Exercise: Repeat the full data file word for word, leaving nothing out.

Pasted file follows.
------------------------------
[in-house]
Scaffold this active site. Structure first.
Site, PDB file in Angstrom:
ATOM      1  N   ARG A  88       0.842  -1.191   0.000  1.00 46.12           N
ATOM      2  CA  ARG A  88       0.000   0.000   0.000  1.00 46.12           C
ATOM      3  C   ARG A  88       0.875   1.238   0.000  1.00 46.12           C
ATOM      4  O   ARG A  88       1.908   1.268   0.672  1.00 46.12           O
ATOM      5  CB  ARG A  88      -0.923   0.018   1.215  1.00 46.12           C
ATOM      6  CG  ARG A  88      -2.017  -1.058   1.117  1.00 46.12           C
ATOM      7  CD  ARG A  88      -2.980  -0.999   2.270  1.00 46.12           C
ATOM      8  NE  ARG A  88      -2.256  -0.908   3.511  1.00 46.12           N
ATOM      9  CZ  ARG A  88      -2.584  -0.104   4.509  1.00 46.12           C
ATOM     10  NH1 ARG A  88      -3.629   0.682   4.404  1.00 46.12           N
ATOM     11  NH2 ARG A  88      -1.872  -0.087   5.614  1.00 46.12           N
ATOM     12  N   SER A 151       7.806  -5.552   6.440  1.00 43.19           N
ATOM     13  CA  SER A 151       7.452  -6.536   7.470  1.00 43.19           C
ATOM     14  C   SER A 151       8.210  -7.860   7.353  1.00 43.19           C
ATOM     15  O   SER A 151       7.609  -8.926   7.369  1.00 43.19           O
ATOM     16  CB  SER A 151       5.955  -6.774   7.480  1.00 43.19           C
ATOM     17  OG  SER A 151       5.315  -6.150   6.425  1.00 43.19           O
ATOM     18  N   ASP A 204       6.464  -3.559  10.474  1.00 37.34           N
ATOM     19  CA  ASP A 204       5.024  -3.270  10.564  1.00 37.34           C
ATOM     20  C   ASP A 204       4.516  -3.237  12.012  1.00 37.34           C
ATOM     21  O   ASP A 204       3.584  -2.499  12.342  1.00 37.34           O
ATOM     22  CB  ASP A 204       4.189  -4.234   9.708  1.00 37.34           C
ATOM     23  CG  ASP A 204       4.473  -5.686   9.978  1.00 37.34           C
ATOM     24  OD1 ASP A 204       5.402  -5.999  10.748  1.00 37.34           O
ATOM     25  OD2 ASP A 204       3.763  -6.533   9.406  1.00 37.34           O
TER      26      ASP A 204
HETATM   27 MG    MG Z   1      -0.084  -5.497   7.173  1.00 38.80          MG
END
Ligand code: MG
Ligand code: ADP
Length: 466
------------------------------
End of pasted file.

[in-house]
Scaffold this active site. Structure first.
Site, PDB file in Angstrom:
ATOM      1  N   ARG A  88       0.842  -1.191   0.000  1.00 46.12           N
ATOM      2  CA  ARG A  88       0.000   0.000   0.000  1.00 46.12           C
ATOM      3  C   ARG A  88       0.875   1.238   0.000  1.00 46.12           C
ATOM      4  O   ARG A  88       1.908   1.268   0.672  1.00 46.12           O
ATOM      5  CB  ARG A  88      -0.923   0.018   1.215  1.00 46.12           C
ATOM      6  CG  ARG A  88      -2.017  -1.058   1.117  1.00 46.12           C
ATOM      7  CD  ARG A  88      -2.980  -0.999   2.270  1.00 46.12           C
ATOM      8  NE  ARG A  88      -2.256  -0.908   3.511  1.00 46.12           N
ATOM      9  CZ  ARG A  88      -2.584  -0.104   4.509  1.00 46.12           C
ATOM     10  NH1 ARG A  88      -3.629   0.682   4.404  1.00 46.12           N
ATOM     11  NH2 ARG A  88      -1.872  -0.087   5.614  1.00 46.12           N
ATOM     12  N   SER A 151       7.806  -5.552   6.440  1.00 43.19           N
ATOM     13  CA  SER A 151       7.452  -6.536   7.470  1.00 43.19           C
ATOM     14  C   SER A 151       8.210  -7.860   7.353  1.00 43.19           C
ATOM     15  O   SER A 151       7.609  -8.926   7.369  1.00 43.19           O
ATOM     16  CB  SER A 151       5.955  -6.774   7.480  1.00 43.19           C
ATOM     17  OG  SER A 151       5.315  -6.150   6.425  1.00 43.19           O
ATOM     18  N   ASP A 204       6.464  -3.559  10.474  1.00 37.34           N
ATOM     19  CA  ASP A 204       5.024  -3.270  10.564  1.00 37.34           C
ATOM     20  C   ASP A 204       4.516  -3.237  12.012  1.00 37.34           C
ATOM     21  O   ASP A 204       3.584  -2.499  12.342  1.00 37.34           O
ATOM     22  CB  ASP A 204       4.189  -4.234   9.708  1.00 37.34           C
ATOM     23  CG  ASP A 204       4.473  -5.686   9.978  1.00 37.34           C
ATOM     24  OD1 ASP A 204       5.402  -5.999  10.748  1.00 37.34           O
ATOM     25  OD2 ASP A 204       3.763  -6.533   9.406  1.00 37.34           O
TER      26      ASP A 204
HETATM   27 MG    MG Z   1      -0.084  -5.497   7.173  1.00 38.80          MG
END
Ligand code: MG
Ligand code: ADP
Length: 466